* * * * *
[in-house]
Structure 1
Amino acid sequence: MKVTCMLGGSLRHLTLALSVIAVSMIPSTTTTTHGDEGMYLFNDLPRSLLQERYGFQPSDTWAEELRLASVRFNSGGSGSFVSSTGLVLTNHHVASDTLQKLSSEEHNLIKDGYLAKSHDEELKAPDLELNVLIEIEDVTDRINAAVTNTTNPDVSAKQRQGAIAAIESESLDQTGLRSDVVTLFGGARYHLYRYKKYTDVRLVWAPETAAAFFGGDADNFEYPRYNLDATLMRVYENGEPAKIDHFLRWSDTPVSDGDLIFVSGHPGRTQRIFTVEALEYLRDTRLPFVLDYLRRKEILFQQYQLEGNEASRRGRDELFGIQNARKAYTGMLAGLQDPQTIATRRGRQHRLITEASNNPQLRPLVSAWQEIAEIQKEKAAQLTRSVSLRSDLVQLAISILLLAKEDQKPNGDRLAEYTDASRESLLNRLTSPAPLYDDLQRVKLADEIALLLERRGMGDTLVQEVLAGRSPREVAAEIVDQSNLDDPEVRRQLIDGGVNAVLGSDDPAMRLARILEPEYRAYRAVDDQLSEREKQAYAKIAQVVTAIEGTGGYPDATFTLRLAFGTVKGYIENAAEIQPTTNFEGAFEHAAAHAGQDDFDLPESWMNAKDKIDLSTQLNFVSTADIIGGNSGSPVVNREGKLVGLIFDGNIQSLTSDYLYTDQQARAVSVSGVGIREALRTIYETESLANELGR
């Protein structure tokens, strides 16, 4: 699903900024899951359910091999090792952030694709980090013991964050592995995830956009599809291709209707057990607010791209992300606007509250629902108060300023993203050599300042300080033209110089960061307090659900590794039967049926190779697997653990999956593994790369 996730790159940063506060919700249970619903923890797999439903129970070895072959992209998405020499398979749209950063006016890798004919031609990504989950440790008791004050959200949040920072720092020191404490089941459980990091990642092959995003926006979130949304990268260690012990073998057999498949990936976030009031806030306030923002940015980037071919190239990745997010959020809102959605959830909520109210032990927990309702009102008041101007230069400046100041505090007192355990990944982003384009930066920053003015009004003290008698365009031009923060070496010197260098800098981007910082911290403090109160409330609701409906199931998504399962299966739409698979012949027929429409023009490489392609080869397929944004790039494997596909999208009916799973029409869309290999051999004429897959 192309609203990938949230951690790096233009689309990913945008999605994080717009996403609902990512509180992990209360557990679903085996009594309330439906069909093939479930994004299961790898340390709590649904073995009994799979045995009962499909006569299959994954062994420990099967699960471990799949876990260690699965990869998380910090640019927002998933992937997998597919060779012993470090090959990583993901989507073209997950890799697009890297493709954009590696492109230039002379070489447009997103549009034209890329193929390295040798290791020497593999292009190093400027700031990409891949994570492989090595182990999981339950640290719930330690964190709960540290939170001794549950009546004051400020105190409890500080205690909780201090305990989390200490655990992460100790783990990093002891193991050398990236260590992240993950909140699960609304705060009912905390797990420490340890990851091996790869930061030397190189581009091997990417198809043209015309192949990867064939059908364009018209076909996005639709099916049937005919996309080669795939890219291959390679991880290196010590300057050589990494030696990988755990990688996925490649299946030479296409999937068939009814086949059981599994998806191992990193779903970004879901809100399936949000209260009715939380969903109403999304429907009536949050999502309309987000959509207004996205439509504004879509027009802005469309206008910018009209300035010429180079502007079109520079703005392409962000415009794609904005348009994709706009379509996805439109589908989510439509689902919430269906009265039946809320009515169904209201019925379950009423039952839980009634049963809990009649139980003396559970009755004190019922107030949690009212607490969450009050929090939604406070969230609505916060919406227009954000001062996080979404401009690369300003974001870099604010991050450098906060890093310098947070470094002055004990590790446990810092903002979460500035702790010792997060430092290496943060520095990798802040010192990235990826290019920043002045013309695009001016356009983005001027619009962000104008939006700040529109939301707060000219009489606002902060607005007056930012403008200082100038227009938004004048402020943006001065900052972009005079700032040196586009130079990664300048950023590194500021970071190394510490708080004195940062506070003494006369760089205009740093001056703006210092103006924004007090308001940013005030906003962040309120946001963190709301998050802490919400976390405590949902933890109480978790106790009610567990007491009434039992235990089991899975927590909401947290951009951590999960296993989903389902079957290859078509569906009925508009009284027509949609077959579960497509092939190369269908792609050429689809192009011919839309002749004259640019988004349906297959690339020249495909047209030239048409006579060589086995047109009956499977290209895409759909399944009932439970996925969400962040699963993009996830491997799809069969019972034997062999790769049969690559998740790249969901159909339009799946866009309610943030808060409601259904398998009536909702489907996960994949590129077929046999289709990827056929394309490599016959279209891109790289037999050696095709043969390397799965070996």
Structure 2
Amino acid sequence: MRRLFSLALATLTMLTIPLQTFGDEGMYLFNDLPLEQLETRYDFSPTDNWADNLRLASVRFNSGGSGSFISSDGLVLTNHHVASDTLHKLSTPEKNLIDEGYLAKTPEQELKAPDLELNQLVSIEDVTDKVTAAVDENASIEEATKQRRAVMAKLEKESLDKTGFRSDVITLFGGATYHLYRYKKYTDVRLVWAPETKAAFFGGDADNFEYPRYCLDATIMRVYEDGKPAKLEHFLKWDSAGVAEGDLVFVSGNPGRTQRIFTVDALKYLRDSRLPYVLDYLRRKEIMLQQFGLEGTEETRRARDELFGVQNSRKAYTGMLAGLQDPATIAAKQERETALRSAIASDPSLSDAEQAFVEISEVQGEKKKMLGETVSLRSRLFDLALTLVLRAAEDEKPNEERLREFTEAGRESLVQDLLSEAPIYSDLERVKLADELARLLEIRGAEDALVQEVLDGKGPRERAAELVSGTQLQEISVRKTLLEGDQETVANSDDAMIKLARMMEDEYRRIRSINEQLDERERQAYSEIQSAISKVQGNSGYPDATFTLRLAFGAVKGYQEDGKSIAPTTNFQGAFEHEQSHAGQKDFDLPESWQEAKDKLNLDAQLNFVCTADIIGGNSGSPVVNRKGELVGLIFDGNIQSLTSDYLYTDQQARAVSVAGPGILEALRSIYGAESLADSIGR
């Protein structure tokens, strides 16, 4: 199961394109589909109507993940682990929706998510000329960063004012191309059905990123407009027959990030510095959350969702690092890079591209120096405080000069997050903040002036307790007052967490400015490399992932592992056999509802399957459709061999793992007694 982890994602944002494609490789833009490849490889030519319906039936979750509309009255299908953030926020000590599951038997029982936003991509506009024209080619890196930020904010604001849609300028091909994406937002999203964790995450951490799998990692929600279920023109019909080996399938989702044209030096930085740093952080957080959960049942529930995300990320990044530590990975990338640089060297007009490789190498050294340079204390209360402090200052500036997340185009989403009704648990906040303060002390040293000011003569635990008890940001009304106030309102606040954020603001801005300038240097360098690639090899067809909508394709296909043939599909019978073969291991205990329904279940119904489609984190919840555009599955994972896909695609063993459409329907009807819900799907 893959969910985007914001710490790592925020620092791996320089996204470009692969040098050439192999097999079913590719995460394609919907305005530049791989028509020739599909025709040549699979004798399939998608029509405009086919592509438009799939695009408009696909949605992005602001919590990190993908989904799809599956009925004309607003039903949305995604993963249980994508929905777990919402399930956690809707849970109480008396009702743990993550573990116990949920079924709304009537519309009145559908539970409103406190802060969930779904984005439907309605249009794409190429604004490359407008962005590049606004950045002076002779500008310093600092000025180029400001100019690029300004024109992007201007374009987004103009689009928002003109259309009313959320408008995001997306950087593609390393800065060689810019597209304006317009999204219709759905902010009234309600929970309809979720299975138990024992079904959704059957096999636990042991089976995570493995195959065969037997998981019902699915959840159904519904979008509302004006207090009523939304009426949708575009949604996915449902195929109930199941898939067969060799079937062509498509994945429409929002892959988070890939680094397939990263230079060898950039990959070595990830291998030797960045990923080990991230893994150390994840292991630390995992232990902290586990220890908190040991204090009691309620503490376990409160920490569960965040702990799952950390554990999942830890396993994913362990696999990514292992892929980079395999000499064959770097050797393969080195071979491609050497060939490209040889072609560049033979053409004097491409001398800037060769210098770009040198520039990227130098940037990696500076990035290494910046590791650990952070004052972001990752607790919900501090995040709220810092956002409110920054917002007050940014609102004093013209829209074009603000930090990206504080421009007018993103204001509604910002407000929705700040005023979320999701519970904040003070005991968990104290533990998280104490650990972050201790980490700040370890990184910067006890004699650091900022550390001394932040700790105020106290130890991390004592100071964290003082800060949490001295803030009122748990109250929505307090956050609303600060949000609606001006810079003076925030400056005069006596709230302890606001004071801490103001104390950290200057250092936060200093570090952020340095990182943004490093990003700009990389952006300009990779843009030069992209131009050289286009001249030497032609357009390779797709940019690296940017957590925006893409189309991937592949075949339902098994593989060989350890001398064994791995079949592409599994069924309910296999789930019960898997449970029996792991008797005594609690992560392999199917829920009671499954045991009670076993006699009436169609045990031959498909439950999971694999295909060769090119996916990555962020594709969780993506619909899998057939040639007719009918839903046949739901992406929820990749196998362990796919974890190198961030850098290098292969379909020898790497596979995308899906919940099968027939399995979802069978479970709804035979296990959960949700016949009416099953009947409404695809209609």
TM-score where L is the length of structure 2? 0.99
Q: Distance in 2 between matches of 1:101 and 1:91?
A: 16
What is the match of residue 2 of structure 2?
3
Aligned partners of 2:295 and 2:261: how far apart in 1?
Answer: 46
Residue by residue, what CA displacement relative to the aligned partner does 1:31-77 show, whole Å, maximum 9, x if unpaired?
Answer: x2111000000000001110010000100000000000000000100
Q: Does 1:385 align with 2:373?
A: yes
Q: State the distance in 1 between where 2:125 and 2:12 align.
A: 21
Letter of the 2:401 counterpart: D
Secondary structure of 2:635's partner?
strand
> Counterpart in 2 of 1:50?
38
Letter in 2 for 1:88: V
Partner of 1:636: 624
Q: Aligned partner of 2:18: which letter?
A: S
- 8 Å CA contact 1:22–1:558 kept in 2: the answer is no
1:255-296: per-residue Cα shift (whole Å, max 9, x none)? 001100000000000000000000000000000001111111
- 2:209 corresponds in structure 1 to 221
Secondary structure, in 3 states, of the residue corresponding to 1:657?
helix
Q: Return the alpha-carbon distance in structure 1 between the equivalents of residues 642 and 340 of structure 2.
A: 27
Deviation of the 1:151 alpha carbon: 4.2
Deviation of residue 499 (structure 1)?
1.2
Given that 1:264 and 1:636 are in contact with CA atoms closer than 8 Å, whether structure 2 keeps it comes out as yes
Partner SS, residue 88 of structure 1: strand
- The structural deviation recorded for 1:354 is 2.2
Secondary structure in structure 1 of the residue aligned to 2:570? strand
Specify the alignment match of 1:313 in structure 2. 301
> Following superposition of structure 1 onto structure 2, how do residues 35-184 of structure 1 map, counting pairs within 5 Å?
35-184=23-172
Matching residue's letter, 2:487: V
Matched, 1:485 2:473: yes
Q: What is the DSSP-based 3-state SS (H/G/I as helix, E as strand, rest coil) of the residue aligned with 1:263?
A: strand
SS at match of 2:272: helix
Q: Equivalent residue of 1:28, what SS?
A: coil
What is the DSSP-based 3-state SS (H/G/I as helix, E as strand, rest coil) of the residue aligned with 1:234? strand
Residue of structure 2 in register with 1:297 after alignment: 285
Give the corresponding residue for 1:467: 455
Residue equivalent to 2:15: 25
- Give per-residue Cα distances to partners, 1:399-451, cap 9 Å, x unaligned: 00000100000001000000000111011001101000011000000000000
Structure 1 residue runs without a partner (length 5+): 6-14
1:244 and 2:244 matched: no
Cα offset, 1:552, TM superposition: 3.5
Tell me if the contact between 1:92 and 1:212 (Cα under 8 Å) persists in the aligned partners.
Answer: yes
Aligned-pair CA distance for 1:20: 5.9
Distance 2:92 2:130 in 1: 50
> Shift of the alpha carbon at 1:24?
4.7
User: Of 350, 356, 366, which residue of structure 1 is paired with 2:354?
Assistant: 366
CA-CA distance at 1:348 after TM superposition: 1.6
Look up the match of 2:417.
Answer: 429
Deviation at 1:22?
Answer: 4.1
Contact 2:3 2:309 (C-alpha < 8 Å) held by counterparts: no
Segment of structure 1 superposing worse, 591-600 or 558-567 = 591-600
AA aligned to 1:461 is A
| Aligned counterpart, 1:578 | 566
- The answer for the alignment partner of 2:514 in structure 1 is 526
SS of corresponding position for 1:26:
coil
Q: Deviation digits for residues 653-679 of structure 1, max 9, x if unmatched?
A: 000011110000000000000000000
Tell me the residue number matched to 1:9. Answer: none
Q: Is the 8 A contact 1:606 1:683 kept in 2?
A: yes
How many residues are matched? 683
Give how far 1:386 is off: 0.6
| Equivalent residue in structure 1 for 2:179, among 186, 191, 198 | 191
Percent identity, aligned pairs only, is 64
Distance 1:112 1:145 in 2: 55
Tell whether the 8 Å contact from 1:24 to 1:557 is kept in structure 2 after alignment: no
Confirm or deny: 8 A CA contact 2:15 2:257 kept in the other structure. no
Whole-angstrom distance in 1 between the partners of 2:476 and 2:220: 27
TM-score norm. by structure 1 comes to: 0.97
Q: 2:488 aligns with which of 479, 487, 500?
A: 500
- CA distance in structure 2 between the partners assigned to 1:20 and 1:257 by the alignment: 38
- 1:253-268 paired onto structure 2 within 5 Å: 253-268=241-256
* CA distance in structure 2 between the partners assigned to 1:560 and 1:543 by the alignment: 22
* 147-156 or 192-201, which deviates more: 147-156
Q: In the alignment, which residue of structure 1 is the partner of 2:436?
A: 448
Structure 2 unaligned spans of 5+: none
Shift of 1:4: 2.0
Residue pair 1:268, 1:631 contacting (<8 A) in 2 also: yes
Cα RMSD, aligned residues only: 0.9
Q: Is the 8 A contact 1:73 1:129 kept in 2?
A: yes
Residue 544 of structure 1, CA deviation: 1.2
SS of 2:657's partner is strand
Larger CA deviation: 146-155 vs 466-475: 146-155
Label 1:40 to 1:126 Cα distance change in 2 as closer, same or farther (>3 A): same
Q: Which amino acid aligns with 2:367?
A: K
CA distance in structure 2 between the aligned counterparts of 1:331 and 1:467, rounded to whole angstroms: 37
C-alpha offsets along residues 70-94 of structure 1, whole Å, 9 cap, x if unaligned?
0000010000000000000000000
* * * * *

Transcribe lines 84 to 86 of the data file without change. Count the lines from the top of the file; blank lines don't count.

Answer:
Tell me the residue number matched to 1:9. Answer: none
Q: Is the 8 A contact 1:606 1:683 kept in 2?
A: yes